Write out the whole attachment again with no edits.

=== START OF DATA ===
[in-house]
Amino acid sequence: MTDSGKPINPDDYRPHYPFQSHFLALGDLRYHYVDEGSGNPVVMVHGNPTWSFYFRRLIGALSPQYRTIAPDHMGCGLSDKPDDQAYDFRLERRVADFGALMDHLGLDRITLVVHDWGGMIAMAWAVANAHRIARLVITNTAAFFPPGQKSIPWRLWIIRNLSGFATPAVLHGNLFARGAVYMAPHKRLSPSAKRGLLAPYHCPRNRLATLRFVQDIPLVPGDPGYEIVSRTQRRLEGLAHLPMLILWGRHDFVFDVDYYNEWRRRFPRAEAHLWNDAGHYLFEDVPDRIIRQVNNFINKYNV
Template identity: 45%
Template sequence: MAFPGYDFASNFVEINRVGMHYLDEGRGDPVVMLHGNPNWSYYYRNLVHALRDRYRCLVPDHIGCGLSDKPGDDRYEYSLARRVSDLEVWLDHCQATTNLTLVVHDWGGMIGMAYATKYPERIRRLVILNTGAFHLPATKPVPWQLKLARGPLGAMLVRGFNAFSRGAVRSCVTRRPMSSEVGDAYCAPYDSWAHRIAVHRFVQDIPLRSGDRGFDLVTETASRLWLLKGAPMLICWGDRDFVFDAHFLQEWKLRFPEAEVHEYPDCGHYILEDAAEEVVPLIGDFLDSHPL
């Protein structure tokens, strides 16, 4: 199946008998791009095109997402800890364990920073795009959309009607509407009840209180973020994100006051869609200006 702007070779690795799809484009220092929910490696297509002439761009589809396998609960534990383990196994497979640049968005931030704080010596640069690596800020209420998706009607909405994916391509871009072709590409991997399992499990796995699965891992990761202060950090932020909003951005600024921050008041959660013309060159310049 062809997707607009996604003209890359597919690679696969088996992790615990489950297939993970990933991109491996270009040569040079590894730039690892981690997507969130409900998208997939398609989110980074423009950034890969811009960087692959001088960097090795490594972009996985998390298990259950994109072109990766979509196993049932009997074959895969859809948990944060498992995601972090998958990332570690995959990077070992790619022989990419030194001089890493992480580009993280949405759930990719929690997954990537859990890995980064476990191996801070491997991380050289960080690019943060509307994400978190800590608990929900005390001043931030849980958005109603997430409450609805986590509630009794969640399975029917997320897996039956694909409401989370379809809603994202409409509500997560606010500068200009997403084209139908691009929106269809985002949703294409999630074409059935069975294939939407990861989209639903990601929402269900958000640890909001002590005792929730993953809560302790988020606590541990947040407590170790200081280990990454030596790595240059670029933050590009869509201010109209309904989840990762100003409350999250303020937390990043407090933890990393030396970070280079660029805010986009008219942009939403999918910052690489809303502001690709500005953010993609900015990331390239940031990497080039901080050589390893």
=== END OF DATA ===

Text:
[in-house]
Amino acid sequence: MTDSGKPINPDDYRPHYPFQSHFLALGDLRYHYVDEGSGNPVVMVHGNPTWSFYFRRLIGALSPQYRTIAPDHMGCGLSDKPDDQAYDFRLERRVADFGALMDHLGLDRITLVVHDWGGMIAMAWAVANAHRIARLVITNTAAFFPPGQKSIPWRLWIIRNLSGFATPAVLHGNLFARGAVYMAPHKRLSPSAKRGLLAPYHCPRNRLATLRFVQDIPLVPGDPGYEIVSRTQRRLEGLAHLPMLILWGRHDFVFDVDYYNEWRRRFPRAEAHLWNDAGHYLFEDVPDRIIRQVNNFINKYNV
Template identity: 45%
Template sequence: MAFPGYDFASNFVEINRVGMHYLDEGRGDPVVMLHGNPNWSYYYRNLVHALRDRYRCLVPDHIGCGLSDKPGDDRYEYSLARRVSDLEVWLDHCQATTNLTLVVHDWGGMIGMAYATKYPERIRRLVILNTGAFHLPATKPVPWQLKLARGPLGAMLVRGFNAFSRGAVRSCVTRRPMSSEVGDAYCAPYDSWAHRIAVHRFVQDIPLRSGDRGFDLVTETASRLWLLKGAPMLICWGDRDFVFDAHFLQEWKLRFPEAEVHEYPDCGHYILEDAAEEVVPLIGDFLDSHPL
């Protein structure tokens, strides 16, 4: 199946008998791009095109997402800890364990920073795009959309009607509407009840209180973020994100006051869609200006 702007070779690795799809484009220092929910490696297509002439761009589809396998609960534990383990196994497979640049968005931030704080010596640069690596800020209420998706009607909405994916391509871009072709590409991997399992499990796995699965891992990761202060950090932020909003951005600024921050008041959660013309060159310049 062809997707607009996604003209890359597919690679696969088996992790615990489950297939993970990933991109491996270009040569040079590894730039690892981690997507969130409900998208997939398609989110980074423009950034890969811009960087692959001088960097090795490594972009996985998390298990259950994109072109990766979509196993049932009997074959895969859809948990944060498992995601972090998958990332570690995959990077070992790619022989990419030194001089890493992480580009993280949405759930990719929690997954990537859990890995980064476990191996801070491997991380050289960080690019943060509307994400978190800590608990929900005390001043931030849980958005109603997430409450609805986590509630009794969640399975029917997320897996039956694909409401989370379809809603994202409409509500997560606010500068200009997403084209139908691009929106269809985002949703294409999630074409059935069975294939939407990861989209639903990601929402269900958000640890909001002590005792929730993953809560302790988020606590541990947040407590170790200081280990990454030596790595240059670029933050590009869509201010109209309904989840990762100003409350999250303020937390990043407090933890990393030396970070280079660029805010986009008219942009939403999918910052690489809303502001690709500005953010993609900015990331390239940031990497080039901080050589390893």